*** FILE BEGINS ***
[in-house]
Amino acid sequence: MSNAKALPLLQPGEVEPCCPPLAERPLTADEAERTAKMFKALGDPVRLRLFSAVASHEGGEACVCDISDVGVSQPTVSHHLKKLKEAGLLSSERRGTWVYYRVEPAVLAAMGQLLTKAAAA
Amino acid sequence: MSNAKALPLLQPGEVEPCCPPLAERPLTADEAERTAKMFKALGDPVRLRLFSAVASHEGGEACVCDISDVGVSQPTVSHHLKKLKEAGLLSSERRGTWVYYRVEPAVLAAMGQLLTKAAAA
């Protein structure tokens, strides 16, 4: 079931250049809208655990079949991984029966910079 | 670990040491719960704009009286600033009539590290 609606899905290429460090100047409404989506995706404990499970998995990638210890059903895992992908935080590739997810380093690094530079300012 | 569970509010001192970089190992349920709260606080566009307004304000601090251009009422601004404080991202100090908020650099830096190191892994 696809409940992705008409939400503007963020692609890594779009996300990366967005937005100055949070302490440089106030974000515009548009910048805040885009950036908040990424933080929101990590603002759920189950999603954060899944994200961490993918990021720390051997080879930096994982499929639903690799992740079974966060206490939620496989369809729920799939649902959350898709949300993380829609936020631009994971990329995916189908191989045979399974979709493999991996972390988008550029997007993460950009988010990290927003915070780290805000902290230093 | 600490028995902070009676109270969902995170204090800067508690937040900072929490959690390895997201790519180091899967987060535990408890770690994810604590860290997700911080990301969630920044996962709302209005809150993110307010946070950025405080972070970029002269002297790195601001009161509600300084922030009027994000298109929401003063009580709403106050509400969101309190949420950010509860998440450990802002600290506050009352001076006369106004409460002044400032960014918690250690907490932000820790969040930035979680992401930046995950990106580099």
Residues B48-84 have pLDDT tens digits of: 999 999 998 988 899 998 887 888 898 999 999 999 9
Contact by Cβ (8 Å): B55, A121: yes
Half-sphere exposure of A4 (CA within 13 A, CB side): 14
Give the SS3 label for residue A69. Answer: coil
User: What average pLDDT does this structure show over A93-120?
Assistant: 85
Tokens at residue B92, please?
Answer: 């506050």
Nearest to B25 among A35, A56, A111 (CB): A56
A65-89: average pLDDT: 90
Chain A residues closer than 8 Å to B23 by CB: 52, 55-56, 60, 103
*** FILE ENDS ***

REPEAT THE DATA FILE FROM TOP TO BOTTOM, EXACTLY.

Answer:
[in-house]
Amino acid sequence: MSNAKALPLLQPGEVEPCCPPLAERPLTADEAERTAKMFKALGDPVRLRLFSAVASHEGGEACVCDISDVGVSQPTVSHHLKKLKEAGLLSSERRGTWVYYRVEPAVLAAMGQLLTKAAAA
Amino acid sequence: MSNAKALPLLQPGEVEPCCPPLAERPLTADEAERTAKMFKALGDPVRLRLFSAVASHEGGEACVCDISDVGVSQPTVSHHLKKLKEAGLLSSERRGTWVYYRVEPAVLAAMGQLLTKAAAA
């Protein structure tokens, strides 16, 4: 079931250049809208655990079949991984029966910079 | 670990040491719960704009009286600033009539590290 609606899905290429460090100047409404989506995706404990499970998995990638210890059903895992992908935080590739997810380093690094530079300012 | 569970509010001192970089190992349920709260606080566009307004304000601090251009009422601004404080991202100090908020650099830096190191892994 696809409940992705008409939400503007963020692609890594779009996300990366967005937005100055949070302490440089106030974000515009548009910048805040885009950036908040990424933080929101990590603002759920189950999603954060899944994200961490993918990021720390051997080879930096994982499929639903690799992740079974966060206490939620496989369809729920799939649902959350898709949300993380829609936020631009994971990329995916189908191989045979399974979709493999991996972390988008550029997007993460950009988010990290927003915070780290805000902290230093 | 600490028995902070009676109270969902995170204090800067508690937040900072929490959690390895997201790519180091899967987060535990408890770690994810604590860290997700911080990301969630920044996962709302209005809150993110307010946070950025405080972070970029002269002297790195601001009161509600300084922030009027994000298109929401003063009580709403106050509400969101309190949420950010509860998440450990802002600290506050009352001076006369106004409460002044400032960014918690250690907490932000820790969040930035979680992401930046995950990106580099």
Residues B48-84 have pLDDT tens digits of: 999 999 998 988 899 998 887 888 898 999 999 999 9
Contact by Cβ (8 Å): B55, A121: yes
Half-sphere exposure of A4 (CA within 13 A, CB side): 14
Give the SS3 label for residue A69. Answer: coil
User: What average pLDDT does this structure show over A93-120?
Assistant: 85
Tokens at residue B92, please?
Answer: 């506050």
Nearest to B25 among A35, A56, A111 (CB): A56
A65-89: average pLDDT: 90
Chain A residues closer than 8 Å to B23 by CB: 52, 55-56, 60, 103